Most people fall victim to the time-related “planning fallacy,” but those with attention-deficit/hyperactivity disorder (ADHD) are especially susceptible. The planning fallacy is the assumption that a task will run smoothly and quickly, in spite of the average length of time and number of obstacles that particular task usually involves. People with ADHD struggle with time-blindness and organization, so this fallacy is a particularly challenging one.
Living with Adult ADHD
About half of those with attention-deficit/hyperactivity disorder (ADHD) struggle with auditory processing disorder (APD). Their sense of hearing may be fine, but they can have a hard time making out what someone is saying. I have always struggled to follow conversations in noisy areas and was interested in learning more about how this phenomenon relates to ADHD.
A number of children diagnosed with attention-deficit/hyperactivity disorder (ADHD) supposedly outgrow ADHD, but quite a few do not. It used to be thought that most children lose the diagnosis as they age, but theories increasingly suggest that most people still have ADHD throughout adolescence and possibly adulthood. Certain experts even theorize that ADHD never disappears; its symptoms simply morph and become more subtle. This made me wonder why some supposedly grow out of ADHD and what it means to know that ADHD might never go away.
Many people with attention-deficit/hyperactivity disorder (ADHD) have experienced a mental breakdown. I often use the phrase to describe how I feel when I lose control of my emotions and ability to think clearly. This can be triggered by seemingly small events, but usually it is the straw that breaks the camel’s back, one more problem added to a pile of challenges. I would like to discuss what mental breakdowns actually are, why people with ADHD might be particularly susceptible to them, and how we can deal with them.
I've found my new attention-deficit/hyperactivity disorder (ADHD) morning routine beneficial to me. Morning routines can be helpful for both children and adults with ADHD. Falling asleep and waking up again is notoriously difficult for many ADHDers. I have been experimenting with morning routines, and I have actually come to enjoy them.
Starting a new job with attention-deficit/hyperactivity disorder (ADHD) can be particularly difficult. If you have ADHD, remind yourself that this is a big change, which is both exciting and challenging for someone with ADHD. Below is a video with a few questions you might want to ask your employer before you get started at your new job with ADHD.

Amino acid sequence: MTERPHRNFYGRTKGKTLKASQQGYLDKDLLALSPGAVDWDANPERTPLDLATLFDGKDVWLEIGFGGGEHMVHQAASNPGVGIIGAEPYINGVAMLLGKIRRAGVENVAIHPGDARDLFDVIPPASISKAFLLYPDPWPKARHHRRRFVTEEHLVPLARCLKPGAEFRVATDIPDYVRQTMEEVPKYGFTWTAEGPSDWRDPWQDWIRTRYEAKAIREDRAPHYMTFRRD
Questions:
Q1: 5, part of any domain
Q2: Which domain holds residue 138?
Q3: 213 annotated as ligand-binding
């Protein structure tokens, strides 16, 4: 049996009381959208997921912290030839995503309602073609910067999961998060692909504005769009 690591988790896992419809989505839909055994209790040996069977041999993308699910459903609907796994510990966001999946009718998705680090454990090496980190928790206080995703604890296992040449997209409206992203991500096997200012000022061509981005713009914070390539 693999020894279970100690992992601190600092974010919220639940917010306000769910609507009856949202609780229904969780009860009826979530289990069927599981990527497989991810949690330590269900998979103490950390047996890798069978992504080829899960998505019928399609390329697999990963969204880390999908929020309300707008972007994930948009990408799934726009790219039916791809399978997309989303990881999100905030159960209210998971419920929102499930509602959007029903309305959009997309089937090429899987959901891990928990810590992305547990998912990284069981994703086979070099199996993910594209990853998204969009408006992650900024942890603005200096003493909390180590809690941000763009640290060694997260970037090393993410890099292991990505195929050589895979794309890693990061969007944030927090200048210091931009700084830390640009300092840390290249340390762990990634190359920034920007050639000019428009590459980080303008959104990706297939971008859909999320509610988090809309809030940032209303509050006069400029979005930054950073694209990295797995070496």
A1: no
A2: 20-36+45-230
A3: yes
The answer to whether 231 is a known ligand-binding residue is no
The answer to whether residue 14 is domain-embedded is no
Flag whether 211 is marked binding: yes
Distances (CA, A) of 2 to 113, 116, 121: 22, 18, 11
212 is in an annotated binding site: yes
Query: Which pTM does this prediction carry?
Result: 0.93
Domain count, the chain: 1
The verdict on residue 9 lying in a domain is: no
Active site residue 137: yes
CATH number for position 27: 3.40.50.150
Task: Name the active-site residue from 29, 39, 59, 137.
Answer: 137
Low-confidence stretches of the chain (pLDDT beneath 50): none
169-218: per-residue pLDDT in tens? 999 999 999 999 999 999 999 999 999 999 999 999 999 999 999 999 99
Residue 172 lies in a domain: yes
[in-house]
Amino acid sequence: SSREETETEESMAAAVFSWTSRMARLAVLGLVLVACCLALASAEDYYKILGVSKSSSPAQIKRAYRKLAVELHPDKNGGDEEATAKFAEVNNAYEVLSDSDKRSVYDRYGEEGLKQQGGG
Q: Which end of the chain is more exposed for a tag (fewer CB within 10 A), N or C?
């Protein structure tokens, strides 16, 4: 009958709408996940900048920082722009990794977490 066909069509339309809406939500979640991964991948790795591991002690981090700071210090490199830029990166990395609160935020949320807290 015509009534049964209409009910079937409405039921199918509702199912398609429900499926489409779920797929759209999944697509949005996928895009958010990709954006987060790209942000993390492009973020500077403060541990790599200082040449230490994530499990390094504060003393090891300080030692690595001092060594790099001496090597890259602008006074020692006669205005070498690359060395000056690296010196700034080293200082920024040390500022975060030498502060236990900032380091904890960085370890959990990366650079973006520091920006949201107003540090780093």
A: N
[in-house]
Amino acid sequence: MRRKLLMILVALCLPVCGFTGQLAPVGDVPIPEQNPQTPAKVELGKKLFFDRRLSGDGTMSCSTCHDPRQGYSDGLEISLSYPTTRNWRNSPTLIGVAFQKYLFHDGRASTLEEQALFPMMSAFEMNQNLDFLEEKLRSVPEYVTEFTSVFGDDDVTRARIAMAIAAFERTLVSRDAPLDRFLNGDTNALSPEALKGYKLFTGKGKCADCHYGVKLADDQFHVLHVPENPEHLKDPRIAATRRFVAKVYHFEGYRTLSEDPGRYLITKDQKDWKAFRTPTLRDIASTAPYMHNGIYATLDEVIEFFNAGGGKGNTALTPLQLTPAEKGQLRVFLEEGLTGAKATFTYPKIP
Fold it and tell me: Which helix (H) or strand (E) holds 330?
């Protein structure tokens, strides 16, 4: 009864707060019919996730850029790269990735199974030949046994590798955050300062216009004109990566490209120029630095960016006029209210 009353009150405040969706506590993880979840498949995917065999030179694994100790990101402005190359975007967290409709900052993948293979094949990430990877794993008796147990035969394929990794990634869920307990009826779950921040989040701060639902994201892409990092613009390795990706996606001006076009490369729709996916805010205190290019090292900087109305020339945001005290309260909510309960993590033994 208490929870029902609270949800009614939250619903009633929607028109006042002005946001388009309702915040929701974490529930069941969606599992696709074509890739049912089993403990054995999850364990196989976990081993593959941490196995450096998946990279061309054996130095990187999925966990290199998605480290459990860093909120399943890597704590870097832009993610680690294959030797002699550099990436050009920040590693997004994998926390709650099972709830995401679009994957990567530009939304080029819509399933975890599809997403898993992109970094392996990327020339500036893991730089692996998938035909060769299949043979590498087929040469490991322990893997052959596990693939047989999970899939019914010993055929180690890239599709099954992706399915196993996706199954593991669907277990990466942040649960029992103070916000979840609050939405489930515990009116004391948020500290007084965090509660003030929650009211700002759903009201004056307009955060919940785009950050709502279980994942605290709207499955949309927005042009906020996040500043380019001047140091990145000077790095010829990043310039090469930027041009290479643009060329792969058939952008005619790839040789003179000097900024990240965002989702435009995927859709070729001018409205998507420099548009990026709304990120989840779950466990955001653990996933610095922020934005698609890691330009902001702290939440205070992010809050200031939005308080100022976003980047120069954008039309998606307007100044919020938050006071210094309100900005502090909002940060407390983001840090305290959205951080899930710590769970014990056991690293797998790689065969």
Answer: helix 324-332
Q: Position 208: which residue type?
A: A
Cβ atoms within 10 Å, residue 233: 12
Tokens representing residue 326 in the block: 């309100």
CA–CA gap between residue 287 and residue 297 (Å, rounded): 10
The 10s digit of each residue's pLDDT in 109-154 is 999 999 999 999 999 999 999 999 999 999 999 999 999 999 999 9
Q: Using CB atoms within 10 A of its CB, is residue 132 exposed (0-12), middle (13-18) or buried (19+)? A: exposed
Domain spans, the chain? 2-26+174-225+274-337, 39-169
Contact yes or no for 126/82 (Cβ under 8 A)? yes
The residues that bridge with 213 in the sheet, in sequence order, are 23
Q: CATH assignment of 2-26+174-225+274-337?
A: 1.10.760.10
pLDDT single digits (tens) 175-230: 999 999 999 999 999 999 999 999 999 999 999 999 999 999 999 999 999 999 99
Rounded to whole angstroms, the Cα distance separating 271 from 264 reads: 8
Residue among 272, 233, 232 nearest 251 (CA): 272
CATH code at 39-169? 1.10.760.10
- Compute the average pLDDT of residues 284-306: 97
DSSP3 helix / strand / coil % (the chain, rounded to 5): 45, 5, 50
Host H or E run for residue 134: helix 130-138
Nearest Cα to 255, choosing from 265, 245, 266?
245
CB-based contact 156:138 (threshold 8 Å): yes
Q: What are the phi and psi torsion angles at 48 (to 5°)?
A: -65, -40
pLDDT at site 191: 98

Is it difficult for people with attention-deficit/hyperactivity disorder (ADHD) to show vulnerability? Do we consciously try to avoid being vulnerable, or is it simply hard for us to be in touch with it? Perhaps others with ADHD have different experiences, but I find it very challenging to reveal any vulnerabilities. A number of factors might contribute to this phenomenon, including the strong emotions and sensitivity that often accompany ADHD.
People with attention-deficit/hyperactivity disorder (ADHD) often struggle with insecurities. Much has been written about ADHD and self-esteem, and, to me, low self-esteem and insecurity go hand-in-hand. An interesting article on FastBraiin describes a number of conditions associated with ADHD, including low self-esteem, insecurity, and anxiety. All three result from confusion about one's role, identity, or expected behavior. It makes sense that people with ADHD, whose thoughts can go all over the place, would experience this sense of confusion.
I want to talk about suicide and attention-deficit/hyperactivity disorder (ADHD) because September is Suicide Prevention Month. Though ADHD has a reputation in our society for being either a punchline or an excuse, it is important to note that people with the condition have a 30% higher risk for attempting suicide or dying by suicide.1 There are a number of reasons for this, including high comorbidity (when multiple conditions exist in the same person) with other disorders, such as depression or anxiety. Read more to find out what contributes to this high suicide rate in people with ADHD and what we can do to help prevent it.
People with attention-deficit/hyperactivity disorder (ADHD) face many challenges at work, but there are ways to help them excel.* A nine-to-five office job is difficult for many people, especially those with ADHD. I personally like the structure and stability of that kind of position, but the idea of doing something in the same place for eight hours, often under someone else's supervision, is daunting. That said, the following advice applies to a variety of jobs, traditional or not.